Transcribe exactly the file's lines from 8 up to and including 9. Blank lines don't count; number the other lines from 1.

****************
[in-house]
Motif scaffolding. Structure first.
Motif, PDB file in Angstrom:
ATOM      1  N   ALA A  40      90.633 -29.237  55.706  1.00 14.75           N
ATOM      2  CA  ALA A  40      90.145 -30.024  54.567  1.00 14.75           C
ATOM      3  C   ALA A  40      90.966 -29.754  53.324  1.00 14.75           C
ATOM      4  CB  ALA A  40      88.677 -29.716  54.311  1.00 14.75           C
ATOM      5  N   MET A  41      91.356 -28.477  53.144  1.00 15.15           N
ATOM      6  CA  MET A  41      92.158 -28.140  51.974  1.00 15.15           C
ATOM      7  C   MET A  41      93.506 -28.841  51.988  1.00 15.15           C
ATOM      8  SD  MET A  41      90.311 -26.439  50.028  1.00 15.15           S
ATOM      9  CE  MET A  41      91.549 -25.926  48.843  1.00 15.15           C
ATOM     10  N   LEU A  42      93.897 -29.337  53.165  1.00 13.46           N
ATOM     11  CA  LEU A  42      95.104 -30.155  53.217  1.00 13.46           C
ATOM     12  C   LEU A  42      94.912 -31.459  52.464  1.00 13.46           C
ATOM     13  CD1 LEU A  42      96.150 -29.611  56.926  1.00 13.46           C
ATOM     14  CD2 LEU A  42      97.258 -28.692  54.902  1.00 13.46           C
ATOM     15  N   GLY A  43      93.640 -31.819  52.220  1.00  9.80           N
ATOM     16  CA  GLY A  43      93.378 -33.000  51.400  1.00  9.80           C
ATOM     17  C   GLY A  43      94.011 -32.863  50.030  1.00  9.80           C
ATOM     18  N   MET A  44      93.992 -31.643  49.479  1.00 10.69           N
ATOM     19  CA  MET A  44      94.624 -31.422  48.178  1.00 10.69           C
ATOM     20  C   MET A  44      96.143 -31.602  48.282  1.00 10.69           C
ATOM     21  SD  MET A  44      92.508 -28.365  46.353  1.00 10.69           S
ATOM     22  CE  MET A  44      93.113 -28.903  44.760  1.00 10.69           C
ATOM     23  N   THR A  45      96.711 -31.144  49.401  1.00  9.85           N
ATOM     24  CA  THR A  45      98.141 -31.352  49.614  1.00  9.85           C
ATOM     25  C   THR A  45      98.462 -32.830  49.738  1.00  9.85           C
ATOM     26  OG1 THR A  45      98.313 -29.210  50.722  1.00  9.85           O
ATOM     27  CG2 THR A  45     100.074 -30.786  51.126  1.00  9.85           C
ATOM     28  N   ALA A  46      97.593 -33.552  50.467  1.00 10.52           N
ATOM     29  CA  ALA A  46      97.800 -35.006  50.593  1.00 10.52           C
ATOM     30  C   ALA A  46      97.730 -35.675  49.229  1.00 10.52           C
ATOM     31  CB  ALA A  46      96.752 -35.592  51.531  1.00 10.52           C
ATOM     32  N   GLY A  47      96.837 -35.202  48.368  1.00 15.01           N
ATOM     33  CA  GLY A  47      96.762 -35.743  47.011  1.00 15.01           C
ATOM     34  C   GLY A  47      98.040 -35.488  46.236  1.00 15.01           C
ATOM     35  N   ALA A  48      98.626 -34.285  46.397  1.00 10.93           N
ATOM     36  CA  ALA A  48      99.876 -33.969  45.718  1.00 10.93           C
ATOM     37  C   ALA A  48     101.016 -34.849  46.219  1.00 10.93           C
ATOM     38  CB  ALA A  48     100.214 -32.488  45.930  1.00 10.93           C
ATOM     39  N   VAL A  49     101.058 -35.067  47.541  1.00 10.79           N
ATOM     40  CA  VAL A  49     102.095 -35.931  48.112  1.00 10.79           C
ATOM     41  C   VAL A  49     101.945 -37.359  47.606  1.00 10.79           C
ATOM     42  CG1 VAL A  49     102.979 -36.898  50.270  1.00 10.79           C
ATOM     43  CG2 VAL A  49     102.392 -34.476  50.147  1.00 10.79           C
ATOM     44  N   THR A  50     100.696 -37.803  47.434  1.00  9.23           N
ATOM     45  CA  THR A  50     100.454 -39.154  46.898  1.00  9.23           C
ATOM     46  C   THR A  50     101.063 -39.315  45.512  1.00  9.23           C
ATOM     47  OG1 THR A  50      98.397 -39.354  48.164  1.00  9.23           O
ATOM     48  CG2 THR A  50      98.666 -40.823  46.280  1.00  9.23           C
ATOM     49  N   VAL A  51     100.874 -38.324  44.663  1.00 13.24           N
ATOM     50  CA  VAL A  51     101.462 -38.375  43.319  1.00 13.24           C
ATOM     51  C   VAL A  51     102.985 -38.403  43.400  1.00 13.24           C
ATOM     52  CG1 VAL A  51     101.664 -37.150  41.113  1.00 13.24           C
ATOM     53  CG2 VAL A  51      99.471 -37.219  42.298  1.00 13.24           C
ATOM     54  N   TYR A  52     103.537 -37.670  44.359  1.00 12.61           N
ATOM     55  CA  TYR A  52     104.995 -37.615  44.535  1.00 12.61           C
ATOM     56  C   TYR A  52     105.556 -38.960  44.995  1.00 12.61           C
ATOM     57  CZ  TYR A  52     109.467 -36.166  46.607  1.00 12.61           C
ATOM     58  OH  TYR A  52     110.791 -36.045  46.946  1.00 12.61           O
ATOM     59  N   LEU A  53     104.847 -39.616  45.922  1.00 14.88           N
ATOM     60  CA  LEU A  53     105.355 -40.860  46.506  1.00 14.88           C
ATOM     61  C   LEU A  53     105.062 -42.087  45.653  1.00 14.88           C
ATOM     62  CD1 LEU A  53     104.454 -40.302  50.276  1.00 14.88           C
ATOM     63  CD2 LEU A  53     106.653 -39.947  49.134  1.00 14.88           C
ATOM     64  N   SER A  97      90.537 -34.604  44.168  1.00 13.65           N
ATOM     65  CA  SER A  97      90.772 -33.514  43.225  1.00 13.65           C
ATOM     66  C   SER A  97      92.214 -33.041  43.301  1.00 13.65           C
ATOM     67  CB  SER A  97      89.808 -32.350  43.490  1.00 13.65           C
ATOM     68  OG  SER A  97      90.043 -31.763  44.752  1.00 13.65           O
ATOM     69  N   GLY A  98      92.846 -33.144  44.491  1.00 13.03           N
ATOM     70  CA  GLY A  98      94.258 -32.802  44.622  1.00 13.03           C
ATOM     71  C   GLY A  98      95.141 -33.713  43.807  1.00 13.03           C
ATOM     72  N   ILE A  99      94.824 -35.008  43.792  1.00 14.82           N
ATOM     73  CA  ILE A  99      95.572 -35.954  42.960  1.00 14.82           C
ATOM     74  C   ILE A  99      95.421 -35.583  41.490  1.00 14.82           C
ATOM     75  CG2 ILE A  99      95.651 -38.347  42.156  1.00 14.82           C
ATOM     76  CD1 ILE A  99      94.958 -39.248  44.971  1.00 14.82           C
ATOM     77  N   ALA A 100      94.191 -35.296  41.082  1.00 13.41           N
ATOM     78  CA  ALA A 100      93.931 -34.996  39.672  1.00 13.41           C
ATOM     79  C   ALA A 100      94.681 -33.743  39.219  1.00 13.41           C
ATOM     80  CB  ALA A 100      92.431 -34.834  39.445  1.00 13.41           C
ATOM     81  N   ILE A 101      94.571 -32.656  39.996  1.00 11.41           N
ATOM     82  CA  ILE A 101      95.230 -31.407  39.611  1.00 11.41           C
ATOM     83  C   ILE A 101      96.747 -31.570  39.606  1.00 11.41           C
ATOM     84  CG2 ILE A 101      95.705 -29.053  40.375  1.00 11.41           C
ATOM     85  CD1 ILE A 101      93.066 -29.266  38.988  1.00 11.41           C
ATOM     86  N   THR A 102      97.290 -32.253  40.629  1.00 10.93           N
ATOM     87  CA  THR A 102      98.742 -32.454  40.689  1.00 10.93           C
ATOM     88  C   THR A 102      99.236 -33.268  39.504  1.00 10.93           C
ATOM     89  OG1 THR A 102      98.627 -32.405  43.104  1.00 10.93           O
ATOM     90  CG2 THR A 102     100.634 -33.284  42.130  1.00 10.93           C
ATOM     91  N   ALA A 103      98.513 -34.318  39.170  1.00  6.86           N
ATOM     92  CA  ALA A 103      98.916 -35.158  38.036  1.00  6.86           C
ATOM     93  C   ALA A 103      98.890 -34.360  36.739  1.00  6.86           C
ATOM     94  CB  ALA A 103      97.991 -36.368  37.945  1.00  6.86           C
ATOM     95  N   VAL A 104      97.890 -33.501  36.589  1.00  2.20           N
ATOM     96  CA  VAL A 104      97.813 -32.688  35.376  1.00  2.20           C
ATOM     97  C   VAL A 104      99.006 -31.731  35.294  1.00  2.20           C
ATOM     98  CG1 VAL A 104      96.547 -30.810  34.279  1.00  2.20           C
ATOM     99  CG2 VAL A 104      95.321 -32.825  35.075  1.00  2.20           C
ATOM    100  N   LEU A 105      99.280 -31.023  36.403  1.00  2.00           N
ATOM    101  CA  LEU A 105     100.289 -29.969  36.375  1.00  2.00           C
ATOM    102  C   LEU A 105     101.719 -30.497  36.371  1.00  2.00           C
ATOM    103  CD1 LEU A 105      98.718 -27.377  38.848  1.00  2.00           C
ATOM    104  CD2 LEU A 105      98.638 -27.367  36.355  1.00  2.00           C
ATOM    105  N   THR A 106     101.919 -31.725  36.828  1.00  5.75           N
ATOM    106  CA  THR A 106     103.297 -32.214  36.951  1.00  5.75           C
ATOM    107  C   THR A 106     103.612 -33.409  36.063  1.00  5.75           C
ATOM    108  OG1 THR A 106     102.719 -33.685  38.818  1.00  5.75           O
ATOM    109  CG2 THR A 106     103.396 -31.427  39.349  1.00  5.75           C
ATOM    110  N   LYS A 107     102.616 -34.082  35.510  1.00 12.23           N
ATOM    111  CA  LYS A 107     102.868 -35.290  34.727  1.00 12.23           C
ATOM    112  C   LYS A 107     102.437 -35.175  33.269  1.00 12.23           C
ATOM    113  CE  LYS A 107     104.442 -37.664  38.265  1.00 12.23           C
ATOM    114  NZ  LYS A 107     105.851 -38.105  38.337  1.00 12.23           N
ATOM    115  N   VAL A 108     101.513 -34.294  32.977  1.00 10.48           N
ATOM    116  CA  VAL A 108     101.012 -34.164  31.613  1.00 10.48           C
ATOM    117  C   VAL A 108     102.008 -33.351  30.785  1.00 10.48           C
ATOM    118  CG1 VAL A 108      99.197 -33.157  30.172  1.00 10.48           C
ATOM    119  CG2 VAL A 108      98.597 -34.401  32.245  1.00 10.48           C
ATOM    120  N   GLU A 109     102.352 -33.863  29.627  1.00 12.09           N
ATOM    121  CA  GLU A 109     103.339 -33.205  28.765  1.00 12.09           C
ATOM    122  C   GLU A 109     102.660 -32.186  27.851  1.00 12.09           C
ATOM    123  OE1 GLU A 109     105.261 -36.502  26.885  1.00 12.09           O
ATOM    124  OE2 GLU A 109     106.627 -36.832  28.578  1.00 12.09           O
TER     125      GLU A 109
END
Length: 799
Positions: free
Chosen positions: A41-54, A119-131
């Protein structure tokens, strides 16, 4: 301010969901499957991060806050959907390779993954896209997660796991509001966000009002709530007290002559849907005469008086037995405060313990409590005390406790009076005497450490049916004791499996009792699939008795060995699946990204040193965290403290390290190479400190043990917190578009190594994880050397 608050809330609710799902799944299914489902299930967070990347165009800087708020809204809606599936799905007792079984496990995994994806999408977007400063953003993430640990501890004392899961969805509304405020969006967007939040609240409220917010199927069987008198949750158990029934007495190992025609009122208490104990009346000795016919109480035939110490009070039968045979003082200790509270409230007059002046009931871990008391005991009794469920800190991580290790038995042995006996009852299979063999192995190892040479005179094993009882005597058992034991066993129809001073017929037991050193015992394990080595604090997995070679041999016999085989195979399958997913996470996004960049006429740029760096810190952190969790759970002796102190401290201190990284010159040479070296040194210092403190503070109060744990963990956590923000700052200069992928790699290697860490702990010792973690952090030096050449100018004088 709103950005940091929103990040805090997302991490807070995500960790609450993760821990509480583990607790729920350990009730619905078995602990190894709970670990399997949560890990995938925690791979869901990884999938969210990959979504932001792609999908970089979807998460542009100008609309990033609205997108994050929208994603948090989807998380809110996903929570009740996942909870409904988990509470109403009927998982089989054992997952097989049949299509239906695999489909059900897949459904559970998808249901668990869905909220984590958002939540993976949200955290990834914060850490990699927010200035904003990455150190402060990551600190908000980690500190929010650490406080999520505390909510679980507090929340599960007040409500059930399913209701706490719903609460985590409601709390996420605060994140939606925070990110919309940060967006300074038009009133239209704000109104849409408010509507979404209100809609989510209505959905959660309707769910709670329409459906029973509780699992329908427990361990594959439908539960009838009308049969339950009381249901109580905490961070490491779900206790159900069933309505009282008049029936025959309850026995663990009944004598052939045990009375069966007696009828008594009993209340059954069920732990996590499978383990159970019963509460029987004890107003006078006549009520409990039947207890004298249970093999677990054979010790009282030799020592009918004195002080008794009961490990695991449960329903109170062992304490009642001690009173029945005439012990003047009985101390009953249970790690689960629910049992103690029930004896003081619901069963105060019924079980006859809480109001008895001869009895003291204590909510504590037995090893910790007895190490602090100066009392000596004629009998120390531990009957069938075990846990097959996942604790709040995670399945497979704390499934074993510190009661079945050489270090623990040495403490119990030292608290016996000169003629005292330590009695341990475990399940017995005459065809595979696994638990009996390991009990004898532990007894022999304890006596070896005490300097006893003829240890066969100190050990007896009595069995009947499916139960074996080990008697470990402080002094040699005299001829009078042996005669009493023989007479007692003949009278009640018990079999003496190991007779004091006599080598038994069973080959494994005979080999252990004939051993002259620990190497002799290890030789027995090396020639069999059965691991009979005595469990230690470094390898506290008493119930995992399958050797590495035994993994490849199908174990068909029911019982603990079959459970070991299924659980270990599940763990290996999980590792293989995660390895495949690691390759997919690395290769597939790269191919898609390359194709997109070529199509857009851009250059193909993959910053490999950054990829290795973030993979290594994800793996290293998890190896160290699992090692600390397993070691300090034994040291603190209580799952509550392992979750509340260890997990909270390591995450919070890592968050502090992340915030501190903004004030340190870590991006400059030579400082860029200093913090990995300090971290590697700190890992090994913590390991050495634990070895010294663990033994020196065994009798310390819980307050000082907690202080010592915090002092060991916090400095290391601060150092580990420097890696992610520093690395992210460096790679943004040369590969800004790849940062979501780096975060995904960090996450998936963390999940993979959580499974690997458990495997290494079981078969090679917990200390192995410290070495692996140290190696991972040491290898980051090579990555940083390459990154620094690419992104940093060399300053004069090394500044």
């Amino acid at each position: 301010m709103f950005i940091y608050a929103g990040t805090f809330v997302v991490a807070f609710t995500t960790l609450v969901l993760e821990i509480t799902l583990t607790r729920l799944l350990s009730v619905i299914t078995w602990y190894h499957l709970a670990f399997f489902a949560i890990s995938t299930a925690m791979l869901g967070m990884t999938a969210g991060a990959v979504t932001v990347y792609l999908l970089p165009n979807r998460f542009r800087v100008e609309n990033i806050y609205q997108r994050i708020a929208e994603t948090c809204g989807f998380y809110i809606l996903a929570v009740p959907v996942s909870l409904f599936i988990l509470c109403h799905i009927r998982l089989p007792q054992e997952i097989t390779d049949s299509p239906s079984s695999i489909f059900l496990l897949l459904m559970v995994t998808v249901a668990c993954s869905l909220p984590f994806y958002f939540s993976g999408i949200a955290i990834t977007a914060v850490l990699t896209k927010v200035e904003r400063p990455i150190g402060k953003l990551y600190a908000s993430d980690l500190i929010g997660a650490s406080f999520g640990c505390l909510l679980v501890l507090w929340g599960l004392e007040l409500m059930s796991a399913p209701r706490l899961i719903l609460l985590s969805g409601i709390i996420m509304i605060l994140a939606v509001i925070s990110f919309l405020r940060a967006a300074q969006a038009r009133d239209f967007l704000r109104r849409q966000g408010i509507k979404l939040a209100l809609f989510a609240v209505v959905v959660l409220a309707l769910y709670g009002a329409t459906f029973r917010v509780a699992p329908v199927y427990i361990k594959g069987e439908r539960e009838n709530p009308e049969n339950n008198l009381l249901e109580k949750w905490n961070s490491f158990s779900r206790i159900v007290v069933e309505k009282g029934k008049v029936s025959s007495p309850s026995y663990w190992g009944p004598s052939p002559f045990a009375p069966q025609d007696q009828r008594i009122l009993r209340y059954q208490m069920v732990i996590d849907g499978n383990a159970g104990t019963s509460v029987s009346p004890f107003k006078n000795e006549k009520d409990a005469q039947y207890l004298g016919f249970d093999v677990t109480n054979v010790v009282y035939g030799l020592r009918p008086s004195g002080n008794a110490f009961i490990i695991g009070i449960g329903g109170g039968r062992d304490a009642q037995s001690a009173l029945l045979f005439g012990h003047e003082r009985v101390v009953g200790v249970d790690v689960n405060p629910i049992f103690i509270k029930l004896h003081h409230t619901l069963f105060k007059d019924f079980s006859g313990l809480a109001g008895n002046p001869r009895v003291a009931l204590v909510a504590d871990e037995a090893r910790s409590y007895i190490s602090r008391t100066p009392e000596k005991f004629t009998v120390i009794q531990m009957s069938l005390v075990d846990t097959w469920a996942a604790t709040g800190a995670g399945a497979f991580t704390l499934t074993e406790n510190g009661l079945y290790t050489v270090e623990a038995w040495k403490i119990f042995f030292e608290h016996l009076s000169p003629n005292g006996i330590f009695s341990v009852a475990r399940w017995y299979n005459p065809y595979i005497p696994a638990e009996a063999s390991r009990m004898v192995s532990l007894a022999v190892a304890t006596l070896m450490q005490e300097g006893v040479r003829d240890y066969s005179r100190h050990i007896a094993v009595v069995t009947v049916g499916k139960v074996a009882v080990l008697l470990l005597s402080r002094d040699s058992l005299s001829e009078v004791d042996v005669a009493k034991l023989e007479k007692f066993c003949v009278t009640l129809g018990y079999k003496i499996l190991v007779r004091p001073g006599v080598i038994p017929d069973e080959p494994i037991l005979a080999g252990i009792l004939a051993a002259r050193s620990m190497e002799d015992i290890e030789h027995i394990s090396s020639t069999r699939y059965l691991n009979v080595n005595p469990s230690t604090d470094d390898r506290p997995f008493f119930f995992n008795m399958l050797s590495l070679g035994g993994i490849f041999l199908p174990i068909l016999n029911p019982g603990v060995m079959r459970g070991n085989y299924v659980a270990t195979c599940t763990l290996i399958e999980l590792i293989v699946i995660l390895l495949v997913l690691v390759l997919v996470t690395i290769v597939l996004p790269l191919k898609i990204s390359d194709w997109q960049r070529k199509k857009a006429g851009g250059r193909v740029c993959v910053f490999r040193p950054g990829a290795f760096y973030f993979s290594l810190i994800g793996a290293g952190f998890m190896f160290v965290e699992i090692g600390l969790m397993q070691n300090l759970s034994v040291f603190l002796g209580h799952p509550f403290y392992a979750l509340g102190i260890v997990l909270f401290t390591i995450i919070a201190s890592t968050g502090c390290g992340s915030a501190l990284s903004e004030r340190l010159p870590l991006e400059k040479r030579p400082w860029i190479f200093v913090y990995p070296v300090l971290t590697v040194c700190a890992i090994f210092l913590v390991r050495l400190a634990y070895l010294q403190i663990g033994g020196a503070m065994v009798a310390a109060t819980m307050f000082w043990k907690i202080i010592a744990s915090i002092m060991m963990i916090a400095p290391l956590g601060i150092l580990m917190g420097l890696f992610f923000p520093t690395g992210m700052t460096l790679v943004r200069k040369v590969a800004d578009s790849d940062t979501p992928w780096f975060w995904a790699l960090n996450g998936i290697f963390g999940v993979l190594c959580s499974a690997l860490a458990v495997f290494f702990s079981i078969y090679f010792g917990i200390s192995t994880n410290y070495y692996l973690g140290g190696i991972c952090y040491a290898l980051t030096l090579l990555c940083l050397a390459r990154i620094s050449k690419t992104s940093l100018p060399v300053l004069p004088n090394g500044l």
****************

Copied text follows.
ATOM      5  N   MET A  41      91.356 -28.477  53.144  1.00 15.15           N
ATOM      6  CA  MET A  41      92.158 -28.140  51.974  1.00 15.15           C